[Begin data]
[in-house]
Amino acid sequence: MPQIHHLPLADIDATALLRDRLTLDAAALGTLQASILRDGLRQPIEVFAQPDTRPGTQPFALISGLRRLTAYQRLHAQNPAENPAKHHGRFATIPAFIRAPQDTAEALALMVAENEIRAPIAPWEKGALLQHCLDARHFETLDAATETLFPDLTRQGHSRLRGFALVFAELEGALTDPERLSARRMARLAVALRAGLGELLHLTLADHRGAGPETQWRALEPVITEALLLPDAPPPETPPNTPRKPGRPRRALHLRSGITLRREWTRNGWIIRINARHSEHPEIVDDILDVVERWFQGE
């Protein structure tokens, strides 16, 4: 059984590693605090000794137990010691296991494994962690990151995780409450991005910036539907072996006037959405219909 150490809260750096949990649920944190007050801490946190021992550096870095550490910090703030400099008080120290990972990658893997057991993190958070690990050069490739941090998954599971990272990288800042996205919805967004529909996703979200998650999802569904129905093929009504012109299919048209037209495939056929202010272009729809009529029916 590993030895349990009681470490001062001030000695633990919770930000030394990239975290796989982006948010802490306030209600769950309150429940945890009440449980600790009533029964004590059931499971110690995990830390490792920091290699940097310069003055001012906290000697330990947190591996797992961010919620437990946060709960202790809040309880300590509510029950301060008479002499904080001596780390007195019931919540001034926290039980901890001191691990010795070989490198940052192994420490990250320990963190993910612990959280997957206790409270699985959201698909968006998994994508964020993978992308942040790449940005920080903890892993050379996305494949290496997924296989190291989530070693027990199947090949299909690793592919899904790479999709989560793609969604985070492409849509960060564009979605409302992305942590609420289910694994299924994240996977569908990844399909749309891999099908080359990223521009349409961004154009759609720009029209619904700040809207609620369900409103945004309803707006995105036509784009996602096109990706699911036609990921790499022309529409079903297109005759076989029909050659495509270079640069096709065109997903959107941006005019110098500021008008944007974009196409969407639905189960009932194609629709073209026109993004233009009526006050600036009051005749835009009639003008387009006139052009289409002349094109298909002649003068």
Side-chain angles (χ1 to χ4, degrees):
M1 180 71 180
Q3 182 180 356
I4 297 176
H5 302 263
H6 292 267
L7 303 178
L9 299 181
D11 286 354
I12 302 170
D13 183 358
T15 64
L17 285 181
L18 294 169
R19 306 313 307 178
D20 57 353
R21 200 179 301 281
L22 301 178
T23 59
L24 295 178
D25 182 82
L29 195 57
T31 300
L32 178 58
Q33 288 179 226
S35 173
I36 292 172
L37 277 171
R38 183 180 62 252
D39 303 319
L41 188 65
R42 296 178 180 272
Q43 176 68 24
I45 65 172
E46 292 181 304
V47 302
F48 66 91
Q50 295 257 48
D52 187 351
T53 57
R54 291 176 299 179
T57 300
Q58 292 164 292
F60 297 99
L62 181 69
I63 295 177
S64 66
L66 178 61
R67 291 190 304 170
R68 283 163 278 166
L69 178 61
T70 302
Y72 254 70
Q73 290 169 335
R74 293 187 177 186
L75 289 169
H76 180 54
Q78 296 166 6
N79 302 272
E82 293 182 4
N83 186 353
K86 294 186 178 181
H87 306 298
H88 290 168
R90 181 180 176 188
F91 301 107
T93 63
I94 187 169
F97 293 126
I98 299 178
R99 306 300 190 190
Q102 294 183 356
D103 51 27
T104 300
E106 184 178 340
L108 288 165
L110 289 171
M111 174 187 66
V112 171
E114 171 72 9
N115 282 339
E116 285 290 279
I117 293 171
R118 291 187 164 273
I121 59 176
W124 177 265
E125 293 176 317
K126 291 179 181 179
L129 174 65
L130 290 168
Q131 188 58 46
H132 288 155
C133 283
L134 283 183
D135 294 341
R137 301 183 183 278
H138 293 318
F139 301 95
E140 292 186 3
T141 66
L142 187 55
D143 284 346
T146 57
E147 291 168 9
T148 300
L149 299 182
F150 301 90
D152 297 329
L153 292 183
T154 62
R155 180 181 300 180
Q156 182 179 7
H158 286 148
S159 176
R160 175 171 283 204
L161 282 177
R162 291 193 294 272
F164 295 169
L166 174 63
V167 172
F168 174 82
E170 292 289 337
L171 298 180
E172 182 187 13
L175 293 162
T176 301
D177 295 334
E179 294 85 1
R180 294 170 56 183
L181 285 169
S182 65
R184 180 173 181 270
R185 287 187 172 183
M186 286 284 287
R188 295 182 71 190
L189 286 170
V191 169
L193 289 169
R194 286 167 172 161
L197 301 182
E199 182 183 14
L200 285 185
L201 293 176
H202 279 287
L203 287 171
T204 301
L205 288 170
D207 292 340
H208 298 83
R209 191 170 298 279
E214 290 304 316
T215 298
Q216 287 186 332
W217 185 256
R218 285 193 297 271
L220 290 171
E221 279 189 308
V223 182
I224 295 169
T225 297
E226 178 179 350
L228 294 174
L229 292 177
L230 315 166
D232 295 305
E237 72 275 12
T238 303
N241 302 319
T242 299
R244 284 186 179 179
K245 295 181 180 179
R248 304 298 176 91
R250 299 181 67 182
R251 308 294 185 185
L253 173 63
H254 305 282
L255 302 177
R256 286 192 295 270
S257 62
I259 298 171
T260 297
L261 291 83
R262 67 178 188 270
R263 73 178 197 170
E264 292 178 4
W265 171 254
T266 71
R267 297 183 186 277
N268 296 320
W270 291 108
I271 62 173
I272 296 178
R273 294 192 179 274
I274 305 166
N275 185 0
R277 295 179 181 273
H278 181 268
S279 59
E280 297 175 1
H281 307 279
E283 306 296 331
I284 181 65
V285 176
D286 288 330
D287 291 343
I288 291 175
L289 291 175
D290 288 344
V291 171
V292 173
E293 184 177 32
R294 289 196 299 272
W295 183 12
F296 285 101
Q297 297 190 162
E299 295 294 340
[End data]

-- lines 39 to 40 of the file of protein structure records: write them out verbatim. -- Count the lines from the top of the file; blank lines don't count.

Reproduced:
V47 302
F48 66 91